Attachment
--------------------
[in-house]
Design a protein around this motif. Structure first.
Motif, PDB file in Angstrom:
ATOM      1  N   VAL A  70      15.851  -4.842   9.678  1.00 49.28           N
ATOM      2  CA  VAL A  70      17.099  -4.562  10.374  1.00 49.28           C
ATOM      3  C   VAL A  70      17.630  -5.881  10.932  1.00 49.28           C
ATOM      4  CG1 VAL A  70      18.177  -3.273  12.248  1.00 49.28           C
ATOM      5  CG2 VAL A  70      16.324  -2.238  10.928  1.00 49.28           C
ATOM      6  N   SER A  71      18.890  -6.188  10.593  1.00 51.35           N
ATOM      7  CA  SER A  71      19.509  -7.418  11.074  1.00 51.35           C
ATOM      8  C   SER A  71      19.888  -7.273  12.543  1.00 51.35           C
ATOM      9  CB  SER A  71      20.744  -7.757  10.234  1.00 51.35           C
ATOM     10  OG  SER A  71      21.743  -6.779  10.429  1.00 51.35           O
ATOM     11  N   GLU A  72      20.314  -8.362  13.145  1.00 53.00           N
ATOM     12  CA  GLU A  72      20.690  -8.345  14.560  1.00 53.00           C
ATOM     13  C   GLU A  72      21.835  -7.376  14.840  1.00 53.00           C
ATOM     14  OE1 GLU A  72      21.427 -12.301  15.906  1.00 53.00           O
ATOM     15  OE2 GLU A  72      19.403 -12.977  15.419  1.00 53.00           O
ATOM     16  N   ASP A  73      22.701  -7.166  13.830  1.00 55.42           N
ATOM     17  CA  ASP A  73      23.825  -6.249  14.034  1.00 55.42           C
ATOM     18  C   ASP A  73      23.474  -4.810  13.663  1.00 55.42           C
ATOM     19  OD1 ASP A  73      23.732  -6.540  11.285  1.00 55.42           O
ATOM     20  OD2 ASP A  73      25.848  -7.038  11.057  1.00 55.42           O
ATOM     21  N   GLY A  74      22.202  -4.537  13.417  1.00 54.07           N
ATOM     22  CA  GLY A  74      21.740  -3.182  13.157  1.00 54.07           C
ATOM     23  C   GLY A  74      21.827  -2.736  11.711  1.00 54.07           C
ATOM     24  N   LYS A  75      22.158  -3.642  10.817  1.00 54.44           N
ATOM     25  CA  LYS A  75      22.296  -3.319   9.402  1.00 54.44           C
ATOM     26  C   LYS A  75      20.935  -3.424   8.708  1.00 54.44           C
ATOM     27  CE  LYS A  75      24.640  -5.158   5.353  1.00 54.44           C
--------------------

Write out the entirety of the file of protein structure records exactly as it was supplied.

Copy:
[in-house]
Design a protein around this motif. Structure first.
Motif, PDB file in Angstrom:
ATOM      1  N   VAL A  70      15.851  -4.842   9.678  1.00 49.28           N
ATOM      2  CA  VAL A  70      17.099  -4.562  10.374  1.00 49.28           C
ATOM      3  C   VAL A  70      17.630  -5.881  10.932  1.00 49.28           C
ATOM      4  CG1 VAL A  70      18.177  -3.273  12.248  1.00 49.28           C
ATOM      5  CG2 VAL A  70      16.324  -2.238  10.928  1.00 49.28           C
ATOM      6  N   SER A  71      18.890  -6.188  10.593  1.00 51.35           N
ATOM      7  CA  SER A  71      19.509  -7.418  11.074  1.00 51.35           C
ATOM      8  C   SER A  71      19.888  -7.273  12.543  1.00 51.35           C
ATOM      9  CB  SER A  71      20.744  -7.757  10.234  1.00 51.35           C
ATOM     10  OG  SER A  71      21.743  -6.779  10.429  1.00 51.35           O
ATOM     11  N   GLU A  72      20.314  -8.362  13.145  1.00 53.00           N
ATOM     12  CA  GLU A  72      20.690  -8.345  14.560  1.00 53.00           C
ATOM     13  C   GLU A  72      21.835  -7.376  14.840  1.00 53.00           C
ATOM     14  OE1 GLU A  72      21.427 -12.301  15.906  1.00 53.00           O
ATOM     15  OE2 GLU A  72      19.403 -12.977  15.419  1.00 53.00           O
ATOM     16  N   ASP A  73      22.701  -7.166  13.830  1.00 55.42           N
ATOM     17  CA  ASP A  73      23.825  -6.249  14.034  1.00 55.42           C
ATOM     18  C   ASP A  73      23.474  -4.810  13.663  1.00 55.42           C
ATOM     19  OD1 ASP A  73      23.732  -6.540  11.285  1.00 55.42           O
ATOM     20  OD2 ASP A  73      25.848  -7.038  11.057  1.00 55.42           O
ATOM     21  N   GLY A  74      22.202  -4.537  13.417  1.00 54.07           N
ATOM     22  CA  GLY A  74      21.740  -3.182  13.157  1.00 54.07           C
ATOM     23  C   GLY A  74      21.827  -2.736  11.711  1.00 54.07           C
ATOM     24  N   LYS A  75      22.158  -3.642  10.817  1.00 54.44           N
ATOM     25  CA  LYS A  75      22.296  -3.319   9.402  1.00 54.44           C
ATOM     26  C   LYS A  75      20.935  -3.424   8.708  1.00 54.44           C
ATOM     27  CE  LYS A  75      24.640  -5.158   5.353  1.00 54.44           C